GMOs not threat to butterflies
By FWi staff
ENVIRONMENTALISTS are having to backtrack from claims that monarch butterflies were killed by genetically modified crops, reports The Times.
A 1999 Cornell University study suggested that larvae of the butterfly died after eating pollen from maize genetically modified to produce its own pesticide.
Another study seemed to back this, but now the newspaper says few researchers believe this means that GM maize kills butterflies.
It says the original Cornell research was never intended to replicate field conditions and larvae were fed exclusively on food they would never normally eat.
The Times says subsequent research has found no significant difference between butterfly survival in GM and conventional crops.
One study even showed that monarch butterflies were more widespread in GM fields because there were fewer predators.
Other research found that pollen rarely collected on food weeds at anything like the levels that could be toxic to butterflies.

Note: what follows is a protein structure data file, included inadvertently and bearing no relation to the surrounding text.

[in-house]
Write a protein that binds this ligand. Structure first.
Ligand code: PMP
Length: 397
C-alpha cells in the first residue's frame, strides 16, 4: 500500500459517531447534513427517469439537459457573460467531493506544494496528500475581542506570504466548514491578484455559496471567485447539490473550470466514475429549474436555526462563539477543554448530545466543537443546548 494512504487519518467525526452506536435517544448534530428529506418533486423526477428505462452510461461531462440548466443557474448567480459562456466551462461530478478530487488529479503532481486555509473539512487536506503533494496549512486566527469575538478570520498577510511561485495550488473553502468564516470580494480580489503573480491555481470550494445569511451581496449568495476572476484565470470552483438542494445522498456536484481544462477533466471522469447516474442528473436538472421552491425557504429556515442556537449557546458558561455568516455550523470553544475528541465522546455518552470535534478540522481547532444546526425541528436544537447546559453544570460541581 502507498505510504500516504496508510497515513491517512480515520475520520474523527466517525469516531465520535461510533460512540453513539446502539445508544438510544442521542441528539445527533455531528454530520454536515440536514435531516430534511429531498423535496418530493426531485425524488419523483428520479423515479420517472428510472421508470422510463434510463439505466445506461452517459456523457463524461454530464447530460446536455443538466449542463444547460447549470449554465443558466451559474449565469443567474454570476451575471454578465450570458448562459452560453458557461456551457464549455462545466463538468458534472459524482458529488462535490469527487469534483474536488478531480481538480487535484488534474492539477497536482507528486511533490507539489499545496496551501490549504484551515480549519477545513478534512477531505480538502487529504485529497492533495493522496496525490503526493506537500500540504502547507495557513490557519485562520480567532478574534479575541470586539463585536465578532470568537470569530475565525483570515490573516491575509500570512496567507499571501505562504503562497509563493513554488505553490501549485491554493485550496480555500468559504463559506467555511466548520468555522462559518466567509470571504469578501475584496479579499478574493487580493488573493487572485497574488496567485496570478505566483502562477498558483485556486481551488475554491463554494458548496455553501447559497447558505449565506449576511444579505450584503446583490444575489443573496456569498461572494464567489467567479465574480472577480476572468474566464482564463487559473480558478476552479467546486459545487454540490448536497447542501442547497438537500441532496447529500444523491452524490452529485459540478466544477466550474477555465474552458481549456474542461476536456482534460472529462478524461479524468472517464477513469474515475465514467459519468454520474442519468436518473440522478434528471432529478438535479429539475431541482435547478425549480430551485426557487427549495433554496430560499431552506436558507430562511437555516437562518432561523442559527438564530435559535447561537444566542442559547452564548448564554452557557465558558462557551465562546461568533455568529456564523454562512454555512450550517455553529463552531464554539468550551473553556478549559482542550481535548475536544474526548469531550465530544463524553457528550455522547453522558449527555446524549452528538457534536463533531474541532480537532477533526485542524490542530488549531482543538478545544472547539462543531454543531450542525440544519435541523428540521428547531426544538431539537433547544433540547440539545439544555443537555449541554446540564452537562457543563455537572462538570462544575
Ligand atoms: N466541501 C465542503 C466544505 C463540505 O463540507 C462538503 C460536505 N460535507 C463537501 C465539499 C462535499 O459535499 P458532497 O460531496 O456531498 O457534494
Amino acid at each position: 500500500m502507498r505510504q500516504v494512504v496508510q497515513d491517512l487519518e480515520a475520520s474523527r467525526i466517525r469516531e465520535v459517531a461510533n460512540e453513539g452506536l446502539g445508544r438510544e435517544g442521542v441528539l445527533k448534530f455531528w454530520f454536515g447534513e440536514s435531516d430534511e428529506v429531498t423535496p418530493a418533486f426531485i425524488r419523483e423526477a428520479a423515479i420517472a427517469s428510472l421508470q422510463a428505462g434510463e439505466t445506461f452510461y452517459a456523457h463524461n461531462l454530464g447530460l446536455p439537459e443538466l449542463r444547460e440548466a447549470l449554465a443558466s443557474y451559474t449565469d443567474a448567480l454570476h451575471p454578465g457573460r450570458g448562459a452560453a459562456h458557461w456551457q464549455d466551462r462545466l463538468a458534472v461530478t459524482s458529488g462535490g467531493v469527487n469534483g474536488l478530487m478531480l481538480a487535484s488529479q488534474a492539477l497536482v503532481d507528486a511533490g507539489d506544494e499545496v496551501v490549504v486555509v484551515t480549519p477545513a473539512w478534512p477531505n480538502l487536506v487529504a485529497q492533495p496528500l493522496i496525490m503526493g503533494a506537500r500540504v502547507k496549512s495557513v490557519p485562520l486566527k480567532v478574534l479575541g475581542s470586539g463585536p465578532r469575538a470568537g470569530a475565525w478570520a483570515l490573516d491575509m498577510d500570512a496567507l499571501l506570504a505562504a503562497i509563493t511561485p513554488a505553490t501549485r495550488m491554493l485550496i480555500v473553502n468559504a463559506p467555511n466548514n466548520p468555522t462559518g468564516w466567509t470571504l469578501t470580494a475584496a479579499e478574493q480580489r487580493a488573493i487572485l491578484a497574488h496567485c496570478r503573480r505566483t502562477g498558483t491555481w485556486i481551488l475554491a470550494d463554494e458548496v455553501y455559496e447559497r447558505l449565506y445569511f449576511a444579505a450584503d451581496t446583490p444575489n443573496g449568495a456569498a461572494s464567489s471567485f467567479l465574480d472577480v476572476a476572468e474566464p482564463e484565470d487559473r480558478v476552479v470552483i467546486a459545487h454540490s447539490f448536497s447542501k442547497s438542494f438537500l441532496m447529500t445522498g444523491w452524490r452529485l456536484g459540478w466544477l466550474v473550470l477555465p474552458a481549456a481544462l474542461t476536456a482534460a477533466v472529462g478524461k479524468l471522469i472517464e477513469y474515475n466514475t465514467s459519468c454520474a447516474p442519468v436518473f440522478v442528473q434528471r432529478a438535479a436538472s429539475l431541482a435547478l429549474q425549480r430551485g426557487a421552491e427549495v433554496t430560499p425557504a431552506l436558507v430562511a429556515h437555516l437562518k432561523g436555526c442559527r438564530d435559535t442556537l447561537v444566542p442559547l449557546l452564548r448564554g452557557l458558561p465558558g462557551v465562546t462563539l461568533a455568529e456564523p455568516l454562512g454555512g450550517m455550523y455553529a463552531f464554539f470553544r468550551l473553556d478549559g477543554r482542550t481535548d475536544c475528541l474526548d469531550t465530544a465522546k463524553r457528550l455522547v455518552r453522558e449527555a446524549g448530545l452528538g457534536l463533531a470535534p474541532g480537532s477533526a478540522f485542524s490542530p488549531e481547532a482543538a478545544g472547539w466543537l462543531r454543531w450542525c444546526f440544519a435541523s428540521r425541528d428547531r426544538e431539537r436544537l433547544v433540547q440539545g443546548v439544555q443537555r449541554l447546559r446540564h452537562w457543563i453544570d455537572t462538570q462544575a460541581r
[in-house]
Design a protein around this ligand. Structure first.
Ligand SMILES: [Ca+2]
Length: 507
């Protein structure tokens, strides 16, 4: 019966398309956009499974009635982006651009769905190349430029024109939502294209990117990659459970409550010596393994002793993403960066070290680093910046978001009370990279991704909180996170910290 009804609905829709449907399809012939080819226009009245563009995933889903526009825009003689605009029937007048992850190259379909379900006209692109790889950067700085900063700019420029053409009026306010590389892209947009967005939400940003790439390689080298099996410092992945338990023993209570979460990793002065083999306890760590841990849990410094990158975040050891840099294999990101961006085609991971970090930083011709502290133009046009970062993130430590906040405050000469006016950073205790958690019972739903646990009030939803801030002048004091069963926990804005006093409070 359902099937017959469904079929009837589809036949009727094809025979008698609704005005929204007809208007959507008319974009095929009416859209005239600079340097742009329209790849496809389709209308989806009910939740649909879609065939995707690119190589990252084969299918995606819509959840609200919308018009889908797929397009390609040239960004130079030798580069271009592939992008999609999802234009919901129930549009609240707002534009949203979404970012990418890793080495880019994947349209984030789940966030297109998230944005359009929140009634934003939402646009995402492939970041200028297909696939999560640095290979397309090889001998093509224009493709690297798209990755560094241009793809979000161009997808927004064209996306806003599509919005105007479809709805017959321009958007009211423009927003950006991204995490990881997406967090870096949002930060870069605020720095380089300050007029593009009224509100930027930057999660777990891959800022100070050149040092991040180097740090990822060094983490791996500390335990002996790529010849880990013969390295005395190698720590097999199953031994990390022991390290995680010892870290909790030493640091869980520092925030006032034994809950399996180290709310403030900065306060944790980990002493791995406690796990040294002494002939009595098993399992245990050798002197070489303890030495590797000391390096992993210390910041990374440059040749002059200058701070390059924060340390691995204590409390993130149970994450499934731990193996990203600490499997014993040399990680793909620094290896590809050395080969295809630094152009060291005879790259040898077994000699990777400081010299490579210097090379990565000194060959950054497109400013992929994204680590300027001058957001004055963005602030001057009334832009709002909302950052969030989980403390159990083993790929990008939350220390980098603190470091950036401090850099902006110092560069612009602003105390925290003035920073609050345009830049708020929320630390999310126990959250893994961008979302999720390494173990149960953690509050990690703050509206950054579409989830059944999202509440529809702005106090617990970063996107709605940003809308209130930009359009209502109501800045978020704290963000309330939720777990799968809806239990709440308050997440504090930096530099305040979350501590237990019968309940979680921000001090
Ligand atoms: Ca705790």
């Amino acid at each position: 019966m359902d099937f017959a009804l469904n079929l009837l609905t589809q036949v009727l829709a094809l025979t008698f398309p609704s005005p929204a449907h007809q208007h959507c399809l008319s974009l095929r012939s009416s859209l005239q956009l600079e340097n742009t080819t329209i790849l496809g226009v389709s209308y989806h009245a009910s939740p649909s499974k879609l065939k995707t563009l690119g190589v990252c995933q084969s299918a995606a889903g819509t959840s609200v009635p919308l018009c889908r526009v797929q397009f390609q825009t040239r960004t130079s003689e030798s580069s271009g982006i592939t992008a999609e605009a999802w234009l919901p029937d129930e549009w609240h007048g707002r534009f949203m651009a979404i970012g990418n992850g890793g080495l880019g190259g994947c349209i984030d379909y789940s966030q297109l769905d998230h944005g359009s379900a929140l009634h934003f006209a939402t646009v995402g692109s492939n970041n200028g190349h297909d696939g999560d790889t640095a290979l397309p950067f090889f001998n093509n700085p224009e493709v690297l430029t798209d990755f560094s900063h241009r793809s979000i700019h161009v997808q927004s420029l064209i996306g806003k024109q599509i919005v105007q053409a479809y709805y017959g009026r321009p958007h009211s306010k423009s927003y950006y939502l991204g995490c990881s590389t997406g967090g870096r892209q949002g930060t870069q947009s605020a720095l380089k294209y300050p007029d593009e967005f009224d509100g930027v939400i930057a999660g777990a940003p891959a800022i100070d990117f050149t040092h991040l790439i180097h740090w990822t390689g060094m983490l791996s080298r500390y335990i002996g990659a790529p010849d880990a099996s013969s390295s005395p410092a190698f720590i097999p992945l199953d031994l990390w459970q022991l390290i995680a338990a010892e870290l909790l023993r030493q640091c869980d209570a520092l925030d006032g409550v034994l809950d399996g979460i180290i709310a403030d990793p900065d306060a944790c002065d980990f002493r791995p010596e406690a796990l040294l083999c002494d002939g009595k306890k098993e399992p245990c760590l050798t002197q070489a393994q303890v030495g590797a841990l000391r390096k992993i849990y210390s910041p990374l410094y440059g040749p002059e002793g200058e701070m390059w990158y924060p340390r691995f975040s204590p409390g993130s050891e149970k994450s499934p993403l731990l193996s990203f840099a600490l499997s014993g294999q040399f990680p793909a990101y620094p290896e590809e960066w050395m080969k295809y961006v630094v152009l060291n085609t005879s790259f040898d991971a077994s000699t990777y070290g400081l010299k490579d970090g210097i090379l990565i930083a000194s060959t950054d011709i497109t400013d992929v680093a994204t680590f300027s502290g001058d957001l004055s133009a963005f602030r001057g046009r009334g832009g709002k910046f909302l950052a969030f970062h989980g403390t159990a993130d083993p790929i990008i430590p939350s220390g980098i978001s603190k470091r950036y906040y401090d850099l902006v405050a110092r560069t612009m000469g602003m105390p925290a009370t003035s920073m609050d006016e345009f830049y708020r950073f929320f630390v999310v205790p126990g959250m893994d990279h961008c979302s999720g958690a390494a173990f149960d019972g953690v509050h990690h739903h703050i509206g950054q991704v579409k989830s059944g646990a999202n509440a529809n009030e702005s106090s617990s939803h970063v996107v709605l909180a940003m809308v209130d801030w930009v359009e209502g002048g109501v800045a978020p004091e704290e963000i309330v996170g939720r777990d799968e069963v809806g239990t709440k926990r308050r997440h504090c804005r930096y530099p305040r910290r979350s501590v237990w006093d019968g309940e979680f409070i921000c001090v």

British entymologist Guy Poppy said the Cornell study merely identified that GM maize could be hazardous to monarch butterflies if they had no choice of food.
He said what was really important was how widespread the hazard actually is in nature, and that it seems to be remote.
- Study shows GM maize kills butterflies, FWi, 23 August 2000
- GM crops only kill harmful insects, FWi, 26 August 1999
- Butterfly-killer GM maize not for UK?, FWi, 25 May 1999
- The Times 14 December 2000 Times 2 page 12 and 13